We’ve never said that giving up cookies is the same thing as staying clean from drugs or alcohol. Not remotely close. What we have maintained is that it would give the rest of us a glimpse of the hard and endless work of staying sober. I can now say I’ve failed to consider the consequences of my actions, I’ve faced peer pressure and the physical pangs of cravings, I’ve had to take evasive action more than once, and the only thing that’s stopped me is the accountability I feel to others doing the challenge with me. Awareness, 5. Cookies, 0.


By Jodi MacNeal 08 Dec, 2017
Amy* reached out through our Desert Rose Facebook page to ask a fascinating question. She works at a university and wants to share the Sober Cookie™ Challenge with college students in recovery. But she has one reservation:
By Aaron Mills 07 Dec, 2017

We compiled a list of the most addicting video games of the recent past. Just because they’re addicting, doesn’t make them terrible and something that should be avoided. Don’t forget, it’s not the game’s fault...there is no addicting substances in video games that make people addicted. If you find yourself or someone you love is addicted to video games, seek treatment at an addiction recovery center that offers treatment for video game addiction.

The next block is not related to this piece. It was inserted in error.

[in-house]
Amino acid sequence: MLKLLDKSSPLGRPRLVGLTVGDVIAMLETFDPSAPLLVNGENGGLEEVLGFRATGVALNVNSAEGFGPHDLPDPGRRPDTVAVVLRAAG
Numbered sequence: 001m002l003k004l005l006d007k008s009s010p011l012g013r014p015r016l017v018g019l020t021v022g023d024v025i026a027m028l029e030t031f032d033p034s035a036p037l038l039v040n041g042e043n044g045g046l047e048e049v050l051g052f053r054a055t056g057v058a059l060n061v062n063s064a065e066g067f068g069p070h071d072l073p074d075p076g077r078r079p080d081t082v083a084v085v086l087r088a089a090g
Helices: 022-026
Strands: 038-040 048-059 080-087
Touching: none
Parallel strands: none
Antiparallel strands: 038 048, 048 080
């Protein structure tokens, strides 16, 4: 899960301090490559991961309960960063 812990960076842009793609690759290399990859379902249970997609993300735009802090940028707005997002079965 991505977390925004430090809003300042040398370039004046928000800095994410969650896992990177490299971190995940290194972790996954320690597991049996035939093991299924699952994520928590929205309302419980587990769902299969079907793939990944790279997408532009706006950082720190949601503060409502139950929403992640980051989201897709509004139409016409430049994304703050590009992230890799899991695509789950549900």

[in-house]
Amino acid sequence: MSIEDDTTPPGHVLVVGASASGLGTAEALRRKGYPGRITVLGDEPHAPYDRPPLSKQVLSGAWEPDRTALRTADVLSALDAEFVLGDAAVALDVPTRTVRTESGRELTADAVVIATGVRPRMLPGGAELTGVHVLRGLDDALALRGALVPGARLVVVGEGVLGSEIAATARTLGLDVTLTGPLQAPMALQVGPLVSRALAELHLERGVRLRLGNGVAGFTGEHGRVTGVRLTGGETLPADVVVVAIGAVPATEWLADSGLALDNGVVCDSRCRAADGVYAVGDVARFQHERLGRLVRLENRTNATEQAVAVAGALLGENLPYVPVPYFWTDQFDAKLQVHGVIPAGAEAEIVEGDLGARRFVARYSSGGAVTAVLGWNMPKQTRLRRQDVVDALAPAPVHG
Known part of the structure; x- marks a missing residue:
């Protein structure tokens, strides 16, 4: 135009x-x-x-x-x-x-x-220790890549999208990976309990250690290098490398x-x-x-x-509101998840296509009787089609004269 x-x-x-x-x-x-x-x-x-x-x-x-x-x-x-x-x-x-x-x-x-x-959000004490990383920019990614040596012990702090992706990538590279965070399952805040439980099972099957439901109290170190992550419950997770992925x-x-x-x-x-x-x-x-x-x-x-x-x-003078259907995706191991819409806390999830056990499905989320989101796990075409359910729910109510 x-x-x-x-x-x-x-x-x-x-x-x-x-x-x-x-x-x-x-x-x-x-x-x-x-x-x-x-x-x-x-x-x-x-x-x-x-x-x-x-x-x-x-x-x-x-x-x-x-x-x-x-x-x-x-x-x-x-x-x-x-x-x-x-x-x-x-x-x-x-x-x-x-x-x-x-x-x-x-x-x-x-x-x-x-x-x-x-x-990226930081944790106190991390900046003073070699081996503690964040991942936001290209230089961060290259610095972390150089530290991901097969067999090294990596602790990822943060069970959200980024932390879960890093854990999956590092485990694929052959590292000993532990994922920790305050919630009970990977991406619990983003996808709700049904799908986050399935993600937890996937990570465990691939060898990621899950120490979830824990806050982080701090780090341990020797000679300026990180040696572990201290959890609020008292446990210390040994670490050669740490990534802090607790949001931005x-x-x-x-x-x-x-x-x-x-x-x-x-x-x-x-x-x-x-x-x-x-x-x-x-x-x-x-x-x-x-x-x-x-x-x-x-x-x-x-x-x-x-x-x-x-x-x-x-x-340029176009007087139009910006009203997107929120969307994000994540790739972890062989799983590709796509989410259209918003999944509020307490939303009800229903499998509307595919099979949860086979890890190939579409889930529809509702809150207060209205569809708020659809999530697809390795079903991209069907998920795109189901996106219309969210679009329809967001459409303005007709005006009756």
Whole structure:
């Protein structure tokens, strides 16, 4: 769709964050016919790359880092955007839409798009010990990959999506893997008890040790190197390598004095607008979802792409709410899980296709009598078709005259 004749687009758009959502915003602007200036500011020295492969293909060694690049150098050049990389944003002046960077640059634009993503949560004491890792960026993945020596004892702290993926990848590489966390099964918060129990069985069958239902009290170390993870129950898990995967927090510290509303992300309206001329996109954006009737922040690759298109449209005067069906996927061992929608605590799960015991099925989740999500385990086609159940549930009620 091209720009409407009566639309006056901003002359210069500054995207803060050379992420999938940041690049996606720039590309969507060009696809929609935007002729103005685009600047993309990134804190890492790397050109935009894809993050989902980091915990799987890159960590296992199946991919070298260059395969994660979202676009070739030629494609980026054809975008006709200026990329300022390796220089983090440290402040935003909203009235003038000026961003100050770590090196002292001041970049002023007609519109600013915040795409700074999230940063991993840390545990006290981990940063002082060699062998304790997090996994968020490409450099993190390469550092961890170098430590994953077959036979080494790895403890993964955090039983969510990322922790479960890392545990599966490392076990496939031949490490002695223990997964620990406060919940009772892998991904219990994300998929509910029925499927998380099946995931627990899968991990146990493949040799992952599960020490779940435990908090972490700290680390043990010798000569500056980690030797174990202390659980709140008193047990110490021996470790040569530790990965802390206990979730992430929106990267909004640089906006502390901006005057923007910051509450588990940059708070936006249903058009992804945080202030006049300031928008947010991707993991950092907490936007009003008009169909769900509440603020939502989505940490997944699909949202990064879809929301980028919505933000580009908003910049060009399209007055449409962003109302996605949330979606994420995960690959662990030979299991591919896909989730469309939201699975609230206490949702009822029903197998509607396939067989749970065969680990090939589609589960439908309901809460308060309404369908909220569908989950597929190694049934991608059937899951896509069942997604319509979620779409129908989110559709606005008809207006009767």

By Aaron Mills 07 Dec, 2017

A lot of people are abusing prescription drugs, and have been for a long time. Most of these people aren’t even teens. In fact, the latest reports cite that middle aged people are most likely to abuse prescription drugs. We’ve covered a lot of different views on prescription drugs and drug addiction, but something that is often swept under the rug is the widespread abuse of over the counter (OTC) drugs. Here, we’re going to take a look at some of the common OTC drugs that teens are abusing, so you can be aware of the dangers that may be lurking in your medicine cabinet.